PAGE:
Just as in mainstream drug development, Sir Roy says the cost of bringing a new drug to market for infectious disease is around $800 million, with most of the cost residing in phase III trials.
However there is some good news, such as Sanofi’s new dengue fever vaccine and GlaxoSmithKline’s (GSK) new malaria vaccine, called Mosquirix (RTS, S), which looks set to gain approval in 2015. It has been shown to halve the number of malaria cases in young children (aged 5-17 months at first vaccination) and cut by around a quarter cases in infants (those aged 6-12 weeks at first vaccination).
The drug could play a significant role in cutting infection rates, but its long development time – 20 years so far – illustrates the problems in infectious diseases.
Sir Roy adds that the vaccine: “wouldn’t be where it is today if it hadn’t been for the Gates Foundation”, which funded its development via the PATH Malaria Vaccine Initiative in collaboration with GSK.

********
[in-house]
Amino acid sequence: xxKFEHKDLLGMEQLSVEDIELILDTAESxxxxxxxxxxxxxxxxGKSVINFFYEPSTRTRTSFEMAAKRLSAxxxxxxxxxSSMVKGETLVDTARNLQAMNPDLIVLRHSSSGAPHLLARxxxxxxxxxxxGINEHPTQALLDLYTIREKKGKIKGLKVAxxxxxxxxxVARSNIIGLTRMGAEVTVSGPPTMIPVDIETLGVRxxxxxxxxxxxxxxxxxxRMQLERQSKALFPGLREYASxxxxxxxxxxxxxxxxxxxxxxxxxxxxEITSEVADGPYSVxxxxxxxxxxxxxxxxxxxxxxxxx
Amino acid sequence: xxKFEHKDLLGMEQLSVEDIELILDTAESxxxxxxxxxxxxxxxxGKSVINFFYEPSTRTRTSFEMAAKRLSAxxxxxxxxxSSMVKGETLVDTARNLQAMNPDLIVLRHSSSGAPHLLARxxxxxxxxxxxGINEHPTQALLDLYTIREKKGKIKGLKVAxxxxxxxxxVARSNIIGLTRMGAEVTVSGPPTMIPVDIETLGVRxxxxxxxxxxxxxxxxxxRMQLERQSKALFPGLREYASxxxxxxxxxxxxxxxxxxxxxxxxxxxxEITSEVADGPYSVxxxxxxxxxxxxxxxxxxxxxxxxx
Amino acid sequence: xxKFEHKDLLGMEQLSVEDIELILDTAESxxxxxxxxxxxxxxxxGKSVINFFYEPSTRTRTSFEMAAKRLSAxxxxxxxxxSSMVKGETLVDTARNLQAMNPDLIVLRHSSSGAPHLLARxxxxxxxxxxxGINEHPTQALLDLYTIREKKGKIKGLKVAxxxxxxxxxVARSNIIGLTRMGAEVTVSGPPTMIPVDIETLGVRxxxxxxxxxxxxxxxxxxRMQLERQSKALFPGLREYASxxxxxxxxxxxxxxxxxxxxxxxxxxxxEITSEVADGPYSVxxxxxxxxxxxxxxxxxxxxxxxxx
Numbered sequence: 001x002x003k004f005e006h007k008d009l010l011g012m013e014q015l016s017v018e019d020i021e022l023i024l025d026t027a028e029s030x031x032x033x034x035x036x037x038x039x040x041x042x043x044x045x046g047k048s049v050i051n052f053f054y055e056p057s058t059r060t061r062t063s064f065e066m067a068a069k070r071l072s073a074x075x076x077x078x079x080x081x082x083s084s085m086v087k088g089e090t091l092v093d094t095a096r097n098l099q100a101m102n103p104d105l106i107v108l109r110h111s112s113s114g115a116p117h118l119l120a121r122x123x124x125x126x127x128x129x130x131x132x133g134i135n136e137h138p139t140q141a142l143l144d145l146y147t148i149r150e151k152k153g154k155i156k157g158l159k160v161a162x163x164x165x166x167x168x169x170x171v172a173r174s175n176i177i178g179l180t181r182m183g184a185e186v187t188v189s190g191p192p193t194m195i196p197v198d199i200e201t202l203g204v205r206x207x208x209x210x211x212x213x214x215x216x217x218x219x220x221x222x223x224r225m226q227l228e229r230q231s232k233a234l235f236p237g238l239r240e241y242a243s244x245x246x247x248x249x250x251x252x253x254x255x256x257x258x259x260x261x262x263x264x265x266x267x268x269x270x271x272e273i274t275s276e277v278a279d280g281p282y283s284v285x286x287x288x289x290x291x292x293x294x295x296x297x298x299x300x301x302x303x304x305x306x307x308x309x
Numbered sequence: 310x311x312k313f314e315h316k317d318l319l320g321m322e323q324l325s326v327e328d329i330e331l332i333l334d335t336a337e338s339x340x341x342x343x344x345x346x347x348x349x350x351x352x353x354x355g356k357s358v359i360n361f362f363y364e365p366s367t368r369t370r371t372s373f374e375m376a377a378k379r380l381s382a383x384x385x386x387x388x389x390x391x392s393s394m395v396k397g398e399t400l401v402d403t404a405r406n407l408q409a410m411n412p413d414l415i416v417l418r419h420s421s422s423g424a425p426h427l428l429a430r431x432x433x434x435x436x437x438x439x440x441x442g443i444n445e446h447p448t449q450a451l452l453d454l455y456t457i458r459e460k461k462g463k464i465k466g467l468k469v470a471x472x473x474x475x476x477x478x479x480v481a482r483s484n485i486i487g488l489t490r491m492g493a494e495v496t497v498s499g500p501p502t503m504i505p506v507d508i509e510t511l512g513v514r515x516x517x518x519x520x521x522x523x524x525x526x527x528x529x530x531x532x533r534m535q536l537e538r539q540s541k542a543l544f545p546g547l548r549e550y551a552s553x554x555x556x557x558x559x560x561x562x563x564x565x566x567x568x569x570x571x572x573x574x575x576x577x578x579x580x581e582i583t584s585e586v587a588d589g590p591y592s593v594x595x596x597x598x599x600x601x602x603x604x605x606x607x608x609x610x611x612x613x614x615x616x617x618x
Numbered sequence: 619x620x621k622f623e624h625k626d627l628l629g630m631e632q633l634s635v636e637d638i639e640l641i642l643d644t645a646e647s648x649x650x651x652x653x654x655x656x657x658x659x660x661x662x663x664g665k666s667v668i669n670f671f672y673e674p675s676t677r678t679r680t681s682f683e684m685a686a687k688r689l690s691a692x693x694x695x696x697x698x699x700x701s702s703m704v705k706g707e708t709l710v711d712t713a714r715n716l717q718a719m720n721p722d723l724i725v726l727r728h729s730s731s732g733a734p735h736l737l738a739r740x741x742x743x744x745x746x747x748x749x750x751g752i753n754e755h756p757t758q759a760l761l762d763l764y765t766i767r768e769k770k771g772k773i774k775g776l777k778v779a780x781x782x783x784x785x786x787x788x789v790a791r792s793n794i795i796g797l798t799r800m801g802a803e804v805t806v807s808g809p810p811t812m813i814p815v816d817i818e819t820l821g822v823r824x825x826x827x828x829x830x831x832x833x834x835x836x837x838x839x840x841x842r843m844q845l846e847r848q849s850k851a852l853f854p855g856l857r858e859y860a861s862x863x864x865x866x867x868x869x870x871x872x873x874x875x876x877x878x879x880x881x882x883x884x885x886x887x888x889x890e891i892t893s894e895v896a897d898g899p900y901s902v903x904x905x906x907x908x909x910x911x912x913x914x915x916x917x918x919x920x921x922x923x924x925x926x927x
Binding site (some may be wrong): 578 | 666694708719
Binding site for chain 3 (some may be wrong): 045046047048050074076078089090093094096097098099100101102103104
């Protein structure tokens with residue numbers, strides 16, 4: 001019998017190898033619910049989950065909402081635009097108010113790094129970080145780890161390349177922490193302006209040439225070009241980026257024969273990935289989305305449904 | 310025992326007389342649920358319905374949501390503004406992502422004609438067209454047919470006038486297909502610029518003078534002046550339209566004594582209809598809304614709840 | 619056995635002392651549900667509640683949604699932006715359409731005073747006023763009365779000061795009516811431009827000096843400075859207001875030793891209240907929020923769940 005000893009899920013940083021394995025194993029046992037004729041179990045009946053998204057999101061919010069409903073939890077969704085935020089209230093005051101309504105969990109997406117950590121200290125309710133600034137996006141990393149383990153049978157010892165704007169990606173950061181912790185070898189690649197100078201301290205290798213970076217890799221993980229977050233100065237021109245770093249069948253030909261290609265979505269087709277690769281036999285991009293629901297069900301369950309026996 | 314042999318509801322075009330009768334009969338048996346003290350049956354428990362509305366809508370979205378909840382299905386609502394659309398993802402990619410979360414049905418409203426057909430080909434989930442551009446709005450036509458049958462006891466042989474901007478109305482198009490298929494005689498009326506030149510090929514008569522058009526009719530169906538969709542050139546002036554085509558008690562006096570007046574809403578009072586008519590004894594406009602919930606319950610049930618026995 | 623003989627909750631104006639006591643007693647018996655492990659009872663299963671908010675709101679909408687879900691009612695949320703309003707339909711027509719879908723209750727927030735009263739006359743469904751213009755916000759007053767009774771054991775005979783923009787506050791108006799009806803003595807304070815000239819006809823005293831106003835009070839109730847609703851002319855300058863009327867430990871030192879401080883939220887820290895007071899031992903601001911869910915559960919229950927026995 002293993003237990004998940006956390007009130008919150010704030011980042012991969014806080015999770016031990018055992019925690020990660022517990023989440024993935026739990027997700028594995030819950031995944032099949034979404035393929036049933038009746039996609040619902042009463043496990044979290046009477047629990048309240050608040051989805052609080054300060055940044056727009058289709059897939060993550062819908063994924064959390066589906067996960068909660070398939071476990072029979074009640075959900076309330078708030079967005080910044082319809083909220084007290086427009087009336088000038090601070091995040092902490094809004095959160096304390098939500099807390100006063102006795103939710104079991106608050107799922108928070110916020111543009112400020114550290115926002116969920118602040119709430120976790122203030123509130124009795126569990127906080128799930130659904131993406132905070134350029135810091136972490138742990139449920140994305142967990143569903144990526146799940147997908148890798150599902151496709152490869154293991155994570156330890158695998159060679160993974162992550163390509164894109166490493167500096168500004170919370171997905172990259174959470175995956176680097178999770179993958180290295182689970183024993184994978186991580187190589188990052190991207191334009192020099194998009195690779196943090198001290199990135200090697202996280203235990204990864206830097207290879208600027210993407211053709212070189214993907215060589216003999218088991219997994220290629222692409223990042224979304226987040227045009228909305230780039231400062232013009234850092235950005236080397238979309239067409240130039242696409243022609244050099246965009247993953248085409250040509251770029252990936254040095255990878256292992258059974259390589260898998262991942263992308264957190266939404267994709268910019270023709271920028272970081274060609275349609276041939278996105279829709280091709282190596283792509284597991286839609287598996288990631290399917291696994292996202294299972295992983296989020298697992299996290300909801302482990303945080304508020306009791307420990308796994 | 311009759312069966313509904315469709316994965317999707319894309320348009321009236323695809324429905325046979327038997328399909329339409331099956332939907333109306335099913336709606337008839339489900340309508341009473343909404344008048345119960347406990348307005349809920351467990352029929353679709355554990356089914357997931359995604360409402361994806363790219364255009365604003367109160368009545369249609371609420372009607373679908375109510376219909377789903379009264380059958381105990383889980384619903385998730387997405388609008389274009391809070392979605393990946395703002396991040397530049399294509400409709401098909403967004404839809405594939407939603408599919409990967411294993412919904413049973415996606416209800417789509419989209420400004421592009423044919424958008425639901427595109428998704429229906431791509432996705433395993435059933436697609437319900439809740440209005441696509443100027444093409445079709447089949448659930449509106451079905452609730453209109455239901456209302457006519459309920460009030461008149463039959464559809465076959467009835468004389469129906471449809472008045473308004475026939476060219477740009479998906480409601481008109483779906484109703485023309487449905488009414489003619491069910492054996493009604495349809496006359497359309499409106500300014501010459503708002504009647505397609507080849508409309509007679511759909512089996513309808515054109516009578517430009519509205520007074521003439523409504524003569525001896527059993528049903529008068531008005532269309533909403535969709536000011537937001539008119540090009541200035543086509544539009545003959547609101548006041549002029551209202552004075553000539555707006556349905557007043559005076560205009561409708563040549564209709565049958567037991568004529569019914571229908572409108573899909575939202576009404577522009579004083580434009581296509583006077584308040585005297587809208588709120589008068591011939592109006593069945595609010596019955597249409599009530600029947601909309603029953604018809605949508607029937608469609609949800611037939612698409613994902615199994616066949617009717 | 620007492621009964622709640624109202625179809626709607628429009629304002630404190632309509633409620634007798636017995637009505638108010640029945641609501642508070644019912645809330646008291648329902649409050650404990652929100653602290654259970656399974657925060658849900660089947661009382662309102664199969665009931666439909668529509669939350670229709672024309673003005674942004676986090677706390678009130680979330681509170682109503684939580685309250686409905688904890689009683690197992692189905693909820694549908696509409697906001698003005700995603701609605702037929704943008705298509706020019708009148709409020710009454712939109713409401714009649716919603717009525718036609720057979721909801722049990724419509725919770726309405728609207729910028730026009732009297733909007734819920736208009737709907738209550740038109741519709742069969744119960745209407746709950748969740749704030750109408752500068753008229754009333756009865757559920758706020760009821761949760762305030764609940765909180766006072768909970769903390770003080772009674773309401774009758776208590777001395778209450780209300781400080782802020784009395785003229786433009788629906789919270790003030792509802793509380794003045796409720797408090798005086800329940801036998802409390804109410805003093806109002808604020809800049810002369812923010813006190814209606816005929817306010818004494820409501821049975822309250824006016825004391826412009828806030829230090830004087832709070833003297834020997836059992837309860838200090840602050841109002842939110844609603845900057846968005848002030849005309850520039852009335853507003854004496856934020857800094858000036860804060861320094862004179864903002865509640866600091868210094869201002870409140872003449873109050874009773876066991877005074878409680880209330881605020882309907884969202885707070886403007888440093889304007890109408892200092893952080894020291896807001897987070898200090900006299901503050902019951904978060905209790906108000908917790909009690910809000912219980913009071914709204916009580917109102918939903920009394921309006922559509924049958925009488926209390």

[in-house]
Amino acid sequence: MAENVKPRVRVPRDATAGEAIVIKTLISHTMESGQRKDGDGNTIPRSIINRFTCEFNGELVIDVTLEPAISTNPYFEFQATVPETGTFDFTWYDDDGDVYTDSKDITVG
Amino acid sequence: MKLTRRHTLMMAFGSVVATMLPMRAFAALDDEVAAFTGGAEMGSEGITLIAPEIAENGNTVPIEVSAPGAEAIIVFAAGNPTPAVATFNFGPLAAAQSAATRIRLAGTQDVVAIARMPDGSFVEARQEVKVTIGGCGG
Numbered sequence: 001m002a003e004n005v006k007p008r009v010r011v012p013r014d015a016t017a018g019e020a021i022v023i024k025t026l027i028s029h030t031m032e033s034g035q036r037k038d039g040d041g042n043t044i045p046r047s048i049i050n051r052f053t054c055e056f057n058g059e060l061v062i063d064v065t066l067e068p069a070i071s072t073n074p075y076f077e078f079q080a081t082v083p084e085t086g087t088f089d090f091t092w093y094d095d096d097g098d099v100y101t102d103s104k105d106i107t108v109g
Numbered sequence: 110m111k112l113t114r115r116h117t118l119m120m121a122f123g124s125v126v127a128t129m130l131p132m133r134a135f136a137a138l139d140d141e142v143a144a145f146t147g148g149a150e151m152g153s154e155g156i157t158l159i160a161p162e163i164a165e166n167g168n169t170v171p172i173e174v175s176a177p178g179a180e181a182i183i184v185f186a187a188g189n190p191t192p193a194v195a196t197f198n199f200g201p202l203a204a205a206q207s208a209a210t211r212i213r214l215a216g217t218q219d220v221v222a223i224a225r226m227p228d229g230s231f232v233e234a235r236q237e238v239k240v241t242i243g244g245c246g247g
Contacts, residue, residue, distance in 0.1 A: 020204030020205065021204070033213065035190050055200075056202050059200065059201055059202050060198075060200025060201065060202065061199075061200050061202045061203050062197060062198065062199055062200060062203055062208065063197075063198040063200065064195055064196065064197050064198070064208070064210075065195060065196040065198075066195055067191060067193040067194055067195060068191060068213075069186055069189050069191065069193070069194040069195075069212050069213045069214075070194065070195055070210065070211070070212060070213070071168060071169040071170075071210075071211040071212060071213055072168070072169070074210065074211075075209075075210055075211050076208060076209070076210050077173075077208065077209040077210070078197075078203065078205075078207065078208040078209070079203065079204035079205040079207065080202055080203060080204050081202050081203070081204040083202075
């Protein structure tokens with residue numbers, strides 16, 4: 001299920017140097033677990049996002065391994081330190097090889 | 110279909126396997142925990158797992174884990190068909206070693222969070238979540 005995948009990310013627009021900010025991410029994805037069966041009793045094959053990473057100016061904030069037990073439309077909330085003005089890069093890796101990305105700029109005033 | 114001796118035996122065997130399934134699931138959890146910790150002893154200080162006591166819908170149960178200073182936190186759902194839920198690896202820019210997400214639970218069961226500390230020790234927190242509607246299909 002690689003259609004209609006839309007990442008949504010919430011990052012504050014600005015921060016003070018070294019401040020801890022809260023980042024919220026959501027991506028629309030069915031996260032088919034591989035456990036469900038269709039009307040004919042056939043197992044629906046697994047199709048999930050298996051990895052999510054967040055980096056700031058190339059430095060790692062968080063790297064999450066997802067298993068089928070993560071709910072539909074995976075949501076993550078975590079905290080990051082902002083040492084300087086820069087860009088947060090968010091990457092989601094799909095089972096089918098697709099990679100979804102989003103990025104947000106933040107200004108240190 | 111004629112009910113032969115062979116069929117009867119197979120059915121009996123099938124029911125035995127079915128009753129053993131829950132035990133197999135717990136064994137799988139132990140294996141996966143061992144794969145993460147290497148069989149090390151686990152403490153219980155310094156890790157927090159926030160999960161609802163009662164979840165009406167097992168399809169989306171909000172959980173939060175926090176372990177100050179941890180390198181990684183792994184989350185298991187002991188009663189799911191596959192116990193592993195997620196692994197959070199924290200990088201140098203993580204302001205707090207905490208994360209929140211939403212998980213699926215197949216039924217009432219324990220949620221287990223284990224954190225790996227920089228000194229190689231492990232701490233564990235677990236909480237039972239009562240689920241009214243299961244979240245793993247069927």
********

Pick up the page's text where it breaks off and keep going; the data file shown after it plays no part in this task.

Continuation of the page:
Cases of malaria have been almost halved in 10 years, thanks to wider use of use pesticide-impregnated bed nets, and many deaths have been prevented by wider user of the drug artemisinin. However Professor Sir Brian Greenwood – another UK-based world leader in research present at the GHIT meeting – says these gains are ‘fragile’ with fears of resistance to the pesticide used in mosquito nets, and confirmed cases of artemisinin resistance spreading in Asia.
The GHIT partners are seeking to address these problems by funding a broad pipeline of new treatments which could help treat or cure diseases in hundreds of millions of people.